Nessel joins multistate challenge to rollback of regulations that limit methane emissions

Michigan Attorney General Dana Nessel, joining a coalition of states and municipalities, recently challenged a set of rules that gut standards which limit emissions of methane, volatile organic compounds and other hazardous pollutants from new, reconstructed and modified facilities in the oil and natural gas industry.

Methane is a super-pollutant up to 87 times more potent than carbon dioxide in its ability to trap heat over a 20-year timeframe. According to the Environmental Protection Agency’s (EPA) own estimates, the rollback of these standards will increase emissions of methane by 850,000 tons between 2021 and 2030 – which is equivalent to 19 million metric tons of CO2 – accelerating the impacts of climate change and threatening public health, particularly to children, older adults and those suffering from chronic lung disease and asthma. 

“While Michigan may not have as many oil and gas sources, the entire country is affected by this arbitrary and capricious decision by the Trump administration’s EPA,” Nessel said. “This new rule rolls back significant protections and will result in an increased amount of emissions harmful to our environment. My colleagues and I will not sit back and allow this administration to give the oil and gas industry a pass to pollute our air.”

Oil and natural gas operations – production, processing, transmission and storage – are the largest single industrial source of methane emissions in the U.S. and the second largest industrial source of U.S. greenhouse gas emissions behind electric power plants. 

Based on the EPA’s own data, the Environmental Defense Fund estimates that roughly $1.5 billion worth of natural gas – enough to heat over 5 million homes – leaks or is intentionally released from the oil and gas supply chain each year. In an effort to address these emissions, the EPA finalized the first-ever standards limiting methane emission from new, reconstructed and modified sources in the oil and natural gas sector in 2016. The EPA estimated that the standards would prevent 510,000 tons of methane emissions and result in a net benefit of $170 million in 2025.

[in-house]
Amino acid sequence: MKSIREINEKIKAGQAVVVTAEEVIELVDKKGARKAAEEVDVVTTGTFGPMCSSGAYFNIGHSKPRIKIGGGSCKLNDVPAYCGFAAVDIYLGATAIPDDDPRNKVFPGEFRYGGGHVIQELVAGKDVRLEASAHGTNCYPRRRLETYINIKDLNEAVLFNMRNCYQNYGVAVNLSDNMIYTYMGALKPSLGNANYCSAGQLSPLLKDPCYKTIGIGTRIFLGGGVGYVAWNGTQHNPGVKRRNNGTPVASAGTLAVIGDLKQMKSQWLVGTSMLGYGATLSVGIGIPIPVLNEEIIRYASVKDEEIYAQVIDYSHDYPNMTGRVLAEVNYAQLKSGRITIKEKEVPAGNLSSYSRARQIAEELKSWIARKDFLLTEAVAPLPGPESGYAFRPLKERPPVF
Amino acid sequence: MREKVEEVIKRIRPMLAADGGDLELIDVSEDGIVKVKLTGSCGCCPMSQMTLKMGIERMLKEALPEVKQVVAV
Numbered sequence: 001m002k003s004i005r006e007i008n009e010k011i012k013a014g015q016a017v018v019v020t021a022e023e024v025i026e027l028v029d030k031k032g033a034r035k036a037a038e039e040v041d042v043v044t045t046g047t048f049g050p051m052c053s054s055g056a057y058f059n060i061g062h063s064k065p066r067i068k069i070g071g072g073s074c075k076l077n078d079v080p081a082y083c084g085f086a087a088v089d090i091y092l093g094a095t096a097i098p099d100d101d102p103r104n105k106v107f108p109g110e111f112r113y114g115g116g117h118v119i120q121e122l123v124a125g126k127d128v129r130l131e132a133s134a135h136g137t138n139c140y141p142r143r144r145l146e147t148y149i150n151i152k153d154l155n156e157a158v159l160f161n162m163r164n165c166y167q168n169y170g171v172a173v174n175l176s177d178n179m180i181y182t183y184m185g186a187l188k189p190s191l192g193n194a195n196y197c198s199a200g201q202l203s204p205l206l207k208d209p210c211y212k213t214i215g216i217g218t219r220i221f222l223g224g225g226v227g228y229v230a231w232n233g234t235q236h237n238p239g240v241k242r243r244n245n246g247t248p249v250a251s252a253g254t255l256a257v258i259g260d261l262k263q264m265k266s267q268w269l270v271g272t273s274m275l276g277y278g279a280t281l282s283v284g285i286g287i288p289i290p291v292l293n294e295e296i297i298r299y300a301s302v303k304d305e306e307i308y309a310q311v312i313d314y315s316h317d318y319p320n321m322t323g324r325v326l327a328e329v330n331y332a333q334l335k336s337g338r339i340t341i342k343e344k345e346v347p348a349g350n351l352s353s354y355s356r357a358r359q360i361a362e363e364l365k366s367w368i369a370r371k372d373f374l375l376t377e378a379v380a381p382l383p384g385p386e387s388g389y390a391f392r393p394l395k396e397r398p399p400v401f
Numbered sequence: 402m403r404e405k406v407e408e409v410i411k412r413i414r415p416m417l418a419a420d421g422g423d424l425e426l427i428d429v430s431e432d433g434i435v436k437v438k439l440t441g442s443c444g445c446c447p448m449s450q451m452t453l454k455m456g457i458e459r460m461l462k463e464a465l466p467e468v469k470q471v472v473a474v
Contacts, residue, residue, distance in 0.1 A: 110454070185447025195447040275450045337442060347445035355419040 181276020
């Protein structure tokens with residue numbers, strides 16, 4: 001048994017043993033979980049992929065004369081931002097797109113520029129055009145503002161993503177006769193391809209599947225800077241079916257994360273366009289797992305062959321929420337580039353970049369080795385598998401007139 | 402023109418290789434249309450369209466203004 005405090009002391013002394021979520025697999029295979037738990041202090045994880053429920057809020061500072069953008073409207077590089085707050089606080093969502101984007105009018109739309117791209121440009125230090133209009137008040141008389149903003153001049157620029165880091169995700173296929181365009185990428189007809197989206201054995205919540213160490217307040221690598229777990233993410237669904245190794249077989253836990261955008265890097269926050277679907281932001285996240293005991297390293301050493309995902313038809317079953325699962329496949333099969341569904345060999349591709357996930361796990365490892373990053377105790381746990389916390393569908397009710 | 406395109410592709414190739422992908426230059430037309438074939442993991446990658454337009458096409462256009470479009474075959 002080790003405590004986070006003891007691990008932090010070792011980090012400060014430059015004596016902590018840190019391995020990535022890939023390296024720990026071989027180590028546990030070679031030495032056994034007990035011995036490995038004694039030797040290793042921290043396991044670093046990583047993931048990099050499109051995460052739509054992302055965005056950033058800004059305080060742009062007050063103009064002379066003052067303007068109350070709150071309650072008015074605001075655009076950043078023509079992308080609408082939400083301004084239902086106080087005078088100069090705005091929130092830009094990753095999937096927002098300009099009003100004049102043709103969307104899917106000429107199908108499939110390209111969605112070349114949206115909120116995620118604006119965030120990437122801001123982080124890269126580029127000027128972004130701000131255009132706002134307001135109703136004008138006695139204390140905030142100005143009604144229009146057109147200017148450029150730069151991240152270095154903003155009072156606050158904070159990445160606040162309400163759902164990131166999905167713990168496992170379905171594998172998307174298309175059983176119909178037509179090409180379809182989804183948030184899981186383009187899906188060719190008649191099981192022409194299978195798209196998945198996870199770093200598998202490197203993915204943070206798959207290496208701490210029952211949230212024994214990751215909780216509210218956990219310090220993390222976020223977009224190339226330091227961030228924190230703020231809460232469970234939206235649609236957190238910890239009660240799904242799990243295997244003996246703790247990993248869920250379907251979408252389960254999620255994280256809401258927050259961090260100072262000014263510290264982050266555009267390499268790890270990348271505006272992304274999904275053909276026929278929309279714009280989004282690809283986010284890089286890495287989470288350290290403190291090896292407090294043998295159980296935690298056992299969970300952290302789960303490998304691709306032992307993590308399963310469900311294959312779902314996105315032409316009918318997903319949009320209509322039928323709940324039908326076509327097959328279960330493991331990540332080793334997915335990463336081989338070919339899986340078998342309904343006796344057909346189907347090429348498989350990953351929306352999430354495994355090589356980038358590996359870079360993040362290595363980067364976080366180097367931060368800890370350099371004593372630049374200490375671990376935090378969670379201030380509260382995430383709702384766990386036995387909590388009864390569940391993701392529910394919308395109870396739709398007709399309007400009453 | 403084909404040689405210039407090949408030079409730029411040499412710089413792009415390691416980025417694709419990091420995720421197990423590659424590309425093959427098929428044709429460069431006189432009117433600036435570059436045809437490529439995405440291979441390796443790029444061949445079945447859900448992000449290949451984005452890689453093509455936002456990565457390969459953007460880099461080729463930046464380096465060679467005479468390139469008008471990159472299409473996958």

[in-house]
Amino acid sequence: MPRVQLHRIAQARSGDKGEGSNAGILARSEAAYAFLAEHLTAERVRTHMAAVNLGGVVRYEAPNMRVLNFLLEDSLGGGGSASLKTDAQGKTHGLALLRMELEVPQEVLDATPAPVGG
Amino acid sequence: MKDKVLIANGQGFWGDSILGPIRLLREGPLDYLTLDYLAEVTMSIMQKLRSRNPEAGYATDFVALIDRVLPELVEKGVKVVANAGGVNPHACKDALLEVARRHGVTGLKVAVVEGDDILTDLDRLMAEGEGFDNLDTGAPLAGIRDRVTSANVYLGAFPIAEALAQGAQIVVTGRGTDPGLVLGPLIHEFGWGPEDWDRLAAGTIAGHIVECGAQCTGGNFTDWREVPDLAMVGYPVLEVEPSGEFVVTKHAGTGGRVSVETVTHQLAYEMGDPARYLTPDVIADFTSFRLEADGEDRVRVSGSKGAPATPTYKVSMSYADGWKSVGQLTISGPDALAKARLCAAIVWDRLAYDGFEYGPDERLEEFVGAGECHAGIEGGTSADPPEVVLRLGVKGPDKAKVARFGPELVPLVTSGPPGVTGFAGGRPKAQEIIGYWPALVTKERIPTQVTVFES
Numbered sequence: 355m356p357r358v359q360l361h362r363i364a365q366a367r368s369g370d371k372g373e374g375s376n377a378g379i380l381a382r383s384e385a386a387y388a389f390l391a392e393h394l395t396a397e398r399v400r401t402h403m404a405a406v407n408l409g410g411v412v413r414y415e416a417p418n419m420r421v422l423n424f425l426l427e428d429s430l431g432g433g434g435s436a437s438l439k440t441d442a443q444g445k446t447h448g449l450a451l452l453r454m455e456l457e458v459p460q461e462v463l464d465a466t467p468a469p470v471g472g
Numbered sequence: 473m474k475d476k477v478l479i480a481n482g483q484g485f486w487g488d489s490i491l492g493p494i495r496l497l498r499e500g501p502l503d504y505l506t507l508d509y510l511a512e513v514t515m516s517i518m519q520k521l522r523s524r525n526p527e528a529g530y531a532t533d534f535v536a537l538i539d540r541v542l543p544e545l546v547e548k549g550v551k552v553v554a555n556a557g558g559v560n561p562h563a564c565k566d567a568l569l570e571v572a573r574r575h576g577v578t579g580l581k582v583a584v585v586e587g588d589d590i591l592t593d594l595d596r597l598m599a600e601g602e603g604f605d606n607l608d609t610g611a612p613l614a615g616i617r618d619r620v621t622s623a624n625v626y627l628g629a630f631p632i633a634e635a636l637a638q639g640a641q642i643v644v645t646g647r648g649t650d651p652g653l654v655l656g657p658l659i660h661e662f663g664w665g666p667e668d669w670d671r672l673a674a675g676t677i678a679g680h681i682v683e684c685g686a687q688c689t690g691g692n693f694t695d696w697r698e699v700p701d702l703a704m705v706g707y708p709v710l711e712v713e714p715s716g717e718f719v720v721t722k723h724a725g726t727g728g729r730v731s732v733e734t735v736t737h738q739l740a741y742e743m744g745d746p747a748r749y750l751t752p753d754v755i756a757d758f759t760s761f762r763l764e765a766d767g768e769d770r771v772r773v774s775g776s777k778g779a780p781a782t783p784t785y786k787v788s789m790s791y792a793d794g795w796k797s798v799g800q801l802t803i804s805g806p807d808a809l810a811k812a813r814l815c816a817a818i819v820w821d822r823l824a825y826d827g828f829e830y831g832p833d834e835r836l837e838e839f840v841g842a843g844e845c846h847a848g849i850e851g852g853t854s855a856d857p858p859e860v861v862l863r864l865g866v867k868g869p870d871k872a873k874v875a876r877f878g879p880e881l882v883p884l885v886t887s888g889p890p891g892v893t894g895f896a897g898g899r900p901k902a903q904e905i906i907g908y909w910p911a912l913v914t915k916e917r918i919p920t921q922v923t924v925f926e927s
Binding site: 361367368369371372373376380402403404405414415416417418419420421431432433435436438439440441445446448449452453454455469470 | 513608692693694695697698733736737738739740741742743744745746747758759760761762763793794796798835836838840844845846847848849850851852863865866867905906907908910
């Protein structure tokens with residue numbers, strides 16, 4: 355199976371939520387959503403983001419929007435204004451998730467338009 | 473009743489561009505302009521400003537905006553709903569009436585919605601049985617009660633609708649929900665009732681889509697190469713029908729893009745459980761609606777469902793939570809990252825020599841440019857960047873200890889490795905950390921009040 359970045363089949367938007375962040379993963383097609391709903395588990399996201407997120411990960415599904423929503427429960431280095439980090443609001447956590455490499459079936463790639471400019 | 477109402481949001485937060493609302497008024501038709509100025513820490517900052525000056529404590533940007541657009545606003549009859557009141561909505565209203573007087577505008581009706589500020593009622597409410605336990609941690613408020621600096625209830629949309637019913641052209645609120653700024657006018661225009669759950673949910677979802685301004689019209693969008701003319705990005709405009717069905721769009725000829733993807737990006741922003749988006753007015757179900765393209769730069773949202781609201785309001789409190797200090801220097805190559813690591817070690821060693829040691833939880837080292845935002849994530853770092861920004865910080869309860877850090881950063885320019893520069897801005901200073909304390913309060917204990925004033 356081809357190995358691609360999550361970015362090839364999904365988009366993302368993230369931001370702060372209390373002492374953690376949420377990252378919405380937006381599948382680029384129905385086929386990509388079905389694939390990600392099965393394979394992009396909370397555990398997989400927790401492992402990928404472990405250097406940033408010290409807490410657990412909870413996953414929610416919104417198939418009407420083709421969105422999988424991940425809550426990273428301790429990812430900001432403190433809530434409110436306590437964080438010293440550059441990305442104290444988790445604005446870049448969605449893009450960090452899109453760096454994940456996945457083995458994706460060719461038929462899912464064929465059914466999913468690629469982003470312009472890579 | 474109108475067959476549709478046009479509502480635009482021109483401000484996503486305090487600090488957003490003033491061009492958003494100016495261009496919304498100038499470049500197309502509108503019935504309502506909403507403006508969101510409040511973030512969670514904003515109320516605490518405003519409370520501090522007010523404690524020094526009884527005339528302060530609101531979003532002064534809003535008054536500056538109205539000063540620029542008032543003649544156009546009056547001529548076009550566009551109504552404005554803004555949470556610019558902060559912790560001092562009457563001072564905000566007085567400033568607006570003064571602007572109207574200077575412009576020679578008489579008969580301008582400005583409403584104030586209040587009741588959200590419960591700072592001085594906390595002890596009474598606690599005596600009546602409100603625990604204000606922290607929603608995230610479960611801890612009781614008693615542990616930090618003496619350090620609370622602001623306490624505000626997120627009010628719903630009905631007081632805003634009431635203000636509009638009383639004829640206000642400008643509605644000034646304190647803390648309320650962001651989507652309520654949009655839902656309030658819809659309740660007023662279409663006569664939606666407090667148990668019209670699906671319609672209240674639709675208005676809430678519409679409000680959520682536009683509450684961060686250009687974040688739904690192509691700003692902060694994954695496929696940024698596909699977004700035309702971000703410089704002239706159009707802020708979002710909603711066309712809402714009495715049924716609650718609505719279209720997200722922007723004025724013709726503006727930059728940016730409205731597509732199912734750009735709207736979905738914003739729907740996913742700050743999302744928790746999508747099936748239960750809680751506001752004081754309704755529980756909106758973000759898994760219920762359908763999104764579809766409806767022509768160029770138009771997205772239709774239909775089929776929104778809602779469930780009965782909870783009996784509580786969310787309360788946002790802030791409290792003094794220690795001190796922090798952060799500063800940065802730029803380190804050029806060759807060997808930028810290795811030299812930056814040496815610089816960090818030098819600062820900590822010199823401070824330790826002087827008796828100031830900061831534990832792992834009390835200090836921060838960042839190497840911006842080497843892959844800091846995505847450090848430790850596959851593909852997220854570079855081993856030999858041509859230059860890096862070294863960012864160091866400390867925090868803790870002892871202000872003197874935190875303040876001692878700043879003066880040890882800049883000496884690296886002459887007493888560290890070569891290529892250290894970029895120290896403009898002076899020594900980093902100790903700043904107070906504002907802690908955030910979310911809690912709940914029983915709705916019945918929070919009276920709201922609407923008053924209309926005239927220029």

However, on Aug. 13, 2020, the EPA announced a set of rules gutting the 2016 standards. The rules include technical amendments rolling back leak detection and monitoring requirements, as well as policy amendments rescinding requirements to regulate methane and removing the transmission and storage category entirely from regulation. Together, these changes are expected to increase emissions of methane, volatile organic compounds, and  other hazardous air pollutants by 850,000, 140,000, and 5,000 tons respectively by 2030.   

In the petitions for review filed in the D.C. Circuit Court of Appeals the coalition intends to argue that the EPA’s rollback of the standards violate the Clean Air Act because it arbitrarily eliminates pollution controls from the transmission and storage segment of the oil and natural gas sector and entirely abandons the regulation of methane without any justification. 

Nessel joins the attorneys general of California, Colorado, Connecticut, Delaware, Illinois, Maine, Maryland, Massachusetts, Minnesota, New Jersey, New Mexico, New York, North Carolina, Oregon, Rhode Island, Vermont, Washington, and the District of Columbia, as well as CARB, the Colorado Department of Public Health and Environment, the City and County of Denver, and the City of Chicago in filing the lawsuit.

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